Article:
by C. J. Hirschfield – On December 4, International Wildlife Conservation Day, more than 70 people attended the premiere of a new Lakeside Chats series, offered for free by Rotary Nature Center Friends.
The title of the talk was “An Unsolved Mystery: The Enigmatic Beach-Hopper of Lake Merritt,” and the speaker was Dr. Jim Carlton, an internationally renowned expert in invasive marine species whose career began on the shores of Lake Merritt in 1962, when he was a teenager intrigued by a tube worm he found at our urban lake. To help identify his very first find, young Carlton went to the Rotary Nature Center—whose Friends group was sponsoring his presentation and which had reopened in 2018 after being closed for many months.
Carlton is now Professor of Marine Sciences Emeritus at Williams College. He has written six books, and a prestigious science center is named after him. Still insatiably curious, and refreshingly devoid of ego, he’s clearly still fascinated by the subject of his talk: Bulychaeva enigmatica, a half-inch-long semi-terrestrial crustacean that is found in only one place in the world—on a small section of beach on Lake Merritt.
Is it a Bay native, or a non-native species from somewhere else in the world? Carlton walked us through its discovery and talked about studies over the last half-century that have probed its origins. “It remains one of the most interesting mysteries of the San Francisco Bay,” Carlton says.
For Carlton–who now lives in the appropriately named town of Mystic, Connecticut– Oakland was the perfect place to begin a distinguished, lifelong science career. As a teen, he decided to make a complete inventory of all marine life in Lake Merritt. He typed letters to experts at UC Berkeley, the California Academy of Sciences in San Francisco, the Smithsonian Institution, and the University of Southern California. He mailed the letters containing his descriptions and drawings from the Lakeshore Avenue post office. At a downtown print shop, he ordered a ream of paper, and the Rotary Nature Center graciously agreed to let him use their address as his return address.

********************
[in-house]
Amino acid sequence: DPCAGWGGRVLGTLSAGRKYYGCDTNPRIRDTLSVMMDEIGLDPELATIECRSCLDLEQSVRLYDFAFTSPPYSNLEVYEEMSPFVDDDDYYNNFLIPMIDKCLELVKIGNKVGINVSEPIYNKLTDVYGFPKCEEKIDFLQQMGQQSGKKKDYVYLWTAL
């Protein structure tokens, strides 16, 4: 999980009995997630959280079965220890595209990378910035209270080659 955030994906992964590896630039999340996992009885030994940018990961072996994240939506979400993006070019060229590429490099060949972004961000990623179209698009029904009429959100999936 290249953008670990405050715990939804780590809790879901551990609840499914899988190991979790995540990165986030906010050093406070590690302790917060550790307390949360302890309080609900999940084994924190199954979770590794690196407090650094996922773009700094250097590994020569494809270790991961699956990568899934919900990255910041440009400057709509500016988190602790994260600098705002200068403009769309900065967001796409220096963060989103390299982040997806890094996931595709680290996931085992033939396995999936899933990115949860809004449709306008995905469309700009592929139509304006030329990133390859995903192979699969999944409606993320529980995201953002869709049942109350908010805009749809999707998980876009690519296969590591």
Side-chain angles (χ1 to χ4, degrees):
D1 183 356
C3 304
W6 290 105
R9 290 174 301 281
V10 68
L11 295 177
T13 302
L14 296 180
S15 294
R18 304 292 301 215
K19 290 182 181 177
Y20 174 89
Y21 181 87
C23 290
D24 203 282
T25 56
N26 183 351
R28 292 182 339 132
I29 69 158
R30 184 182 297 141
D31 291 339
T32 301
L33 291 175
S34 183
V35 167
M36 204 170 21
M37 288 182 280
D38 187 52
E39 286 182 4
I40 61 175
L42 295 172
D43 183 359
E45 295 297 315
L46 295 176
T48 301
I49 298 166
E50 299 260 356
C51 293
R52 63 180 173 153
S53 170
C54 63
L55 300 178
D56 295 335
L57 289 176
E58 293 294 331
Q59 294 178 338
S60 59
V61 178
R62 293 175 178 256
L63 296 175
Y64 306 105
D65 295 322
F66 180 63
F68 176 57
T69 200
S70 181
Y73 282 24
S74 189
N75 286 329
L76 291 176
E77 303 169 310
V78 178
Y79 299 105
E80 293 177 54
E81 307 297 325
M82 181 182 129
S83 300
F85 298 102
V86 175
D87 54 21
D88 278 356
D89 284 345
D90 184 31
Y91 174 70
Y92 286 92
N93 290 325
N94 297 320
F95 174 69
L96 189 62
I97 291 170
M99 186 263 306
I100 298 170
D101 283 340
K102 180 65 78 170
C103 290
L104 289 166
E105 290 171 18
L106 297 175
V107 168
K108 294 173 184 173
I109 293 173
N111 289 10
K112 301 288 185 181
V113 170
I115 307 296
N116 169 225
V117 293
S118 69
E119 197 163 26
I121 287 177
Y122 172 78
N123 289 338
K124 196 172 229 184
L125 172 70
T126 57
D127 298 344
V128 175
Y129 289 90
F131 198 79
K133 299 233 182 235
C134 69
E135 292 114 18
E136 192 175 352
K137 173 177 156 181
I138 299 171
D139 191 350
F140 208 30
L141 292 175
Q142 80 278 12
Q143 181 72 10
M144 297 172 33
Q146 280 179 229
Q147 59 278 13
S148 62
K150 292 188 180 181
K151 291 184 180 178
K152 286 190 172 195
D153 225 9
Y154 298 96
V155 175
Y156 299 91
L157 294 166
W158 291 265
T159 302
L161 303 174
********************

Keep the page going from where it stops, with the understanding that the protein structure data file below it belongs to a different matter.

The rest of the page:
While still in high school, he was corresponding with marine biology experts from around the world, and receiving verifications indicating ”first record on Pacific Coast” or “first record in San Francisco Bay.”
“It was pretty cool,” he recalls.
One of his finds was the beach-hopper. “It lived a narrow, precarious existence,” he says: under seaweed, wood and stones on what is called the strand line in one very particular spot at the lake. He prefers not to disclose the exact location, but it is in a relatively inaccessible area that remained untouched during various lake renovations and construction projects.
The beach-hopper requires a damp, salty environment, which Lake Merritt’s brackish tidal flow through the channel to the Bay provides. Did it hitch a ride on a ship in the 1800s or early 1900s, when ballast was often dumped in the Oakland estuary? Unlike ballast water, solid ballast could include plants, insects—and maybe hoppers. (Hence the lake’s description as an “accidental zoo.”)
For many years, it was thought that “our” beach-hopper originated in Chile, a trading partner with the Bay region for lumber and grain, but later studies concluded that it is a distinct species. “All was quiet in the beach-hopper world for 37 years,” says Carlton, until a 100-page monograph was published in 2019 by two beach-hopper specialists from Australia and Ireland. Buried in the study was the discovery that the closest relative to our beach-hoppers are actually from the Northern Pacific region and not the southern hemisphere–and that it survives in no other place except on a 100-foot stretch on Lake Merritt’s shoreline.
Carlton is convinced that it’s non-native, and that the species it’s most closely related to is living somewhere between the South China Sea and the Kamchatka Peninsula, still to be discovered. He believes that genetic studies might help solve the mystery for once and all, and advises us to “stay tuned.”